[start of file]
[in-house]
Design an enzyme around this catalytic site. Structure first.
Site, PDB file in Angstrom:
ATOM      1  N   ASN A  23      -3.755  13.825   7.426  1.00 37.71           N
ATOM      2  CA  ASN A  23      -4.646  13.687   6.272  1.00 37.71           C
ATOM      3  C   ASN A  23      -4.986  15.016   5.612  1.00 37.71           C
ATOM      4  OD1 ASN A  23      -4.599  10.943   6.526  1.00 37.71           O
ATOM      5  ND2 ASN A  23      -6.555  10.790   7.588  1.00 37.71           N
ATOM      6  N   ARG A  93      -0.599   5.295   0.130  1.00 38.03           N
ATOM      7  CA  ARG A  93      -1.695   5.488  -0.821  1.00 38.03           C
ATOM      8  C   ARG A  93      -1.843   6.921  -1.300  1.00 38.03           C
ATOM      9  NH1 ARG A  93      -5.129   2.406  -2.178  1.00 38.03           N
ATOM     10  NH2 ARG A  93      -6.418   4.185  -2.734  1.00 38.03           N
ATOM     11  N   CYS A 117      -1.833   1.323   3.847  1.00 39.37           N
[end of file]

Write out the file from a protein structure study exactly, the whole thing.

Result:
[in-house]
Design an enzyme around this catalytic site. Structure first.
Site, PDB file in Angstrom:
ATOM      1  N   ASN A  23      -3.755  13.825   7.426  1.00 37.71           N
ATOM      2  CA  ASN A  23      -4.646  13.687   6.272  1.00 37.71           C
ATOM      3  C   ASN A  23      -4.986  15.016   5.612  1.00 37.71           C
ATOM      4  OD1 ASN A  23      -4.599  10.943   6.526  1.00 37.71           O
ATOM      5  ND2 ASN A  23      -6.555  10.790   7.588  1.00 37.71           N
ATOM      6  N   ARG A  93      -0.599   5.295   0.130  1.00 38.03           N
ATOM      7  CA  ARG A  93      -1.695   5.488  -0.821  1.00 38.03           C
ATOM      8  C   ARG A  93      -1.843   6.921  -1.300  1.00 38.03           C
ATOM      9  NH1 ARG A  93      -5.129   2.406  -2.178  1.00 38.03           N
ATOM     10  NH2 ARG A  93      -6.418   4.185  -2.734  1.00 38.03           N
ATOM     11  N   CYS A 117      -1.833   1.323   3.847  1.00 39.37           N